CALL gds.alpha.maxkcut.stream(
graphName: String,
configuration: Map
) YIELD
nodeId: Integer,
communityId: Integer
Name  Type  Default  Optional  Description 

graphName 
String 

no 
The name of a graph stored in the catalog. 
configuration 
Map 

yes 
Configuration for algorithmspecifics and/or graph filtering. 
Name  Type  Default  Optional  Description 

List of String 

yes 
Filter the named graph using the given node labels. 

List of String 

yes 
Filter the named graph using the given relationship types. 

Integer 

yes 
The number of concurrent threads used for running the algorithm. 

String 

yes 
An ID that can be provided to more easily track the algorithm’s progress. 

Boolean 

yes 
If disabled the progress percentage will not be logged. 

k 
Integer 

yes 
The number of disjoint communities the nodes will be divided into. 
Integer 

yes 
The number of iterations the algorithm will run before returning the best solution among all the iterations. 

Integer 

yes 
The maximum number of nodes VNS will swap when perturbing solutions. 

randomSeed 
Integer 

yes 
A random seed which is used for all randomness in the computation. Requires 
String 

yes 
If set, the values stored at the given property are used as relationship weights during the computation. If not set, the graph is considered unweighted. 
Name  Type  Description 

nodeId 
Integer 
Node ID. 
communityId 
Integer 
Community ID. 
CALL gds.alpha.maxkcut.mutate(
graphName: String,
configuration: Map
) YIELD
cutCost: Float,
preProcessingMillis: Integer,
computeMillis: Integer,
postProcessingMillis: Integer,
mutateMillis: Integer,
nodePropertiesWritten: Integer,
configuration: Map
Name  Type  Default  Optional  Description 

graphName 
String 

no 
The name of a graph stored in the catalog. 
configuration 
Map 

yes 
Configuration for algorithmspecifics and/or graph filtering. 
Name  Type  Default  Optional  Description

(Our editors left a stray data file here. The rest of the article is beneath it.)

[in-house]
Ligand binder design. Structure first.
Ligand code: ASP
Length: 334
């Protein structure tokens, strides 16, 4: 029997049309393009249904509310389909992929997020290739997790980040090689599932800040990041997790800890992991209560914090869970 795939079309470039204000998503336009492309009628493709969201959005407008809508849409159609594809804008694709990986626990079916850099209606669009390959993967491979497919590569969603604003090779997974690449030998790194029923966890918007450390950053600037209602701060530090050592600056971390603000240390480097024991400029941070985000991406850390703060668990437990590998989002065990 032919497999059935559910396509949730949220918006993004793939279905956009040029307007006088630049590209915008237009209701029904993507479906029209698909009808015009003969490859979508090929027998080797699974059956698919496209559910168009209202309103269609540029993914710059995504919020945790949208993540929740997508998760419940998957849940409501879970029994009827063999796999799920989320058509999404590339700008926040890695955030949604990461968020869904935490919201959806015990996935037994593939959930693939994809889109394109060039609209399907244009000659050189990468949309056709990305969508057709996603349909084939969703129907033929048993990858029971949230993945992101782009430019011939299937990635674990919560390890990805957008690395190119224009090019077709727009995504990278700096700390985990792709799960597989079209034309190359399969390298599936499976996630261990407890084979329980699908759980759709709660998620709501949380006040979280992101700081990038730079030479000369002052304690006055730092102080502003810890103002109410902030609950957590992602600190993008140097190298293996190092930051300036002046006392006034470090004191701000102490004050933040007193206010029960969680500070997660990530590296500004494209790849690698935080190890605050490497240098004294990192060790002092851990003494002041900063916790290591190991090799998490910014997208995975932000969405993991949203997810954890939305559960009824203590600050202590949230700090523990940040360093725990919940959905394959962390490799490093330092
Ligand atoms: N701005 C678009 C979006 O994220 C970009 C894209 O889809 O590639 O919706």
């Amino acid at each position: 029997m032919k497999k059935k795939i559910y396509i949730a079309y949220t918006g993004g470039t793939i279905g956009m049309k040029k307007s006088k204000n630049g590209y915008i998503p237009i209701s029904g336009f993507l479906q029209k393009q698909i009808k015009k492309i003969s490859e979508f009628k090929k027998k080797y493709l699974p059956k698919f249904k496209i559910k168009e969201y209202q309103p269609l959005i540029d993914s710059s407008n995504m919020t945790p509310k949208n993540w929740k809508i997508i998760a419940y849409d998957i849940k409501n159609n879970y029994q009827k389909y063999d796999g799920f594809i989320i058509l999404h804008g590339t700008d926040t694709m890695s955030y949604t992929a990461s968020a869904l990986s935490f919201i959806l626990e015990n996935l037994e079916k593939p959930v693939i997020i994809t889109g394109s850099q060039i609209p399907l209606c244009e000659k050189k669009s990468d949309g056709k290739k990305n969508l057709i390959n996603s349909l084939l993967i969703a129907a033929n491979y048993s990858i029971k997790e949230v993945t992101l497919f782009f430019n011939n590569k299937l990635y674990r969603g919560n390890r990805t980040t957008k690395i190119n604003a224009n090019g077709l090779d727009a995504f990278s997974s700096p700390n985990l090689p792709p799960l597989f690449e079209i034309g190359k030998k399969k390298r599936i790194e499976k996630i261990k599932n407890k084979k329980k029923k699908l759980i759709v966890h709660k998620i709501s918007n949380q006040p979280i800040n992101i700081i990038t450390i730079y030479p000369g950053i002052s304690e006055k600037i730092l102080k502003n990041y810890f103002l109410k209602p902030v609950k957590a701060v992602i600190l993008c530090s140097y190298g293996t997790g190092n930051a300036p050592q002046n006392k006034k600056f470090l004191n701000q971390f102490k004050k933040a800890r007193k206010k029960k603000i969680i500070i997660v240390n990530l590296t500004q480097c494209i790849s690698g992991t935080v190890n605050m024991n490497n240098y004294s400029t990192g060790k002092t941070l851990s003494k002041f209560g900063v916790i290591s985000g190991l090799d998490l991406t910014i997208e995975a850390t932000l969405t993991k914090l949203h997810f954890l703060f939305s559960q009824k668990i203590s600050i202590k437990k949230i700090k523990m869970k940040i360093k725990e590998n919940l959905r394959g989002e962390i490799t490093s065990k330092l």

mutateProperty 
String 

no 
The node property in the GDS graph to which the approximate maximum kcut is written. 
List of String 

yes 
Filter the named graph using the given node labels. 

List of String 

yes 
Filter the named graph using the given relationship types. 

Integer 

yes 
The number of concurrent threads used for running the algorithm. 

String 

yes 
An ID that can be provided to more easily track the algorithm’s progress. 

k 
Integer 

yes 
The number of disjoint communities the nodes will be divided into. 
Integer 

yes 
The number of iterations the algorithm will run before returning the best solution among all the iterations. 

Integer 

yes 
The maximum number of nodes VNS will swap when perturbing solutions. 

randomSeed 
Integer 

yes 
A random seed which is used for all randomness in the computation. Requires 
String 

yes 
If set, the values stored at the given property are used as relationship weights during the computation. If not set, the graph is considered unweighted. 
Name  Type  Description 

cutCost 
Float 
Sum of weights of all relationships connecting nodes from different communities. 
preProcessingMillis 
Integer 
Milliseconds for preprocessing the data. 
computeMillis 
Integer 
Milliseconds for running the algorithm. 
postProcessingMillis 
Integer 
Milliseconds for computing the statistics. 
mutateMillis 
Integer 
Milliseconds for adding properties to the projected graph. 
nodePropertiesWritten 
Integer 
Number of properties added to the projected graph. 
configuration 
Map 
Configuration used for running the algorithm. 
4. Examples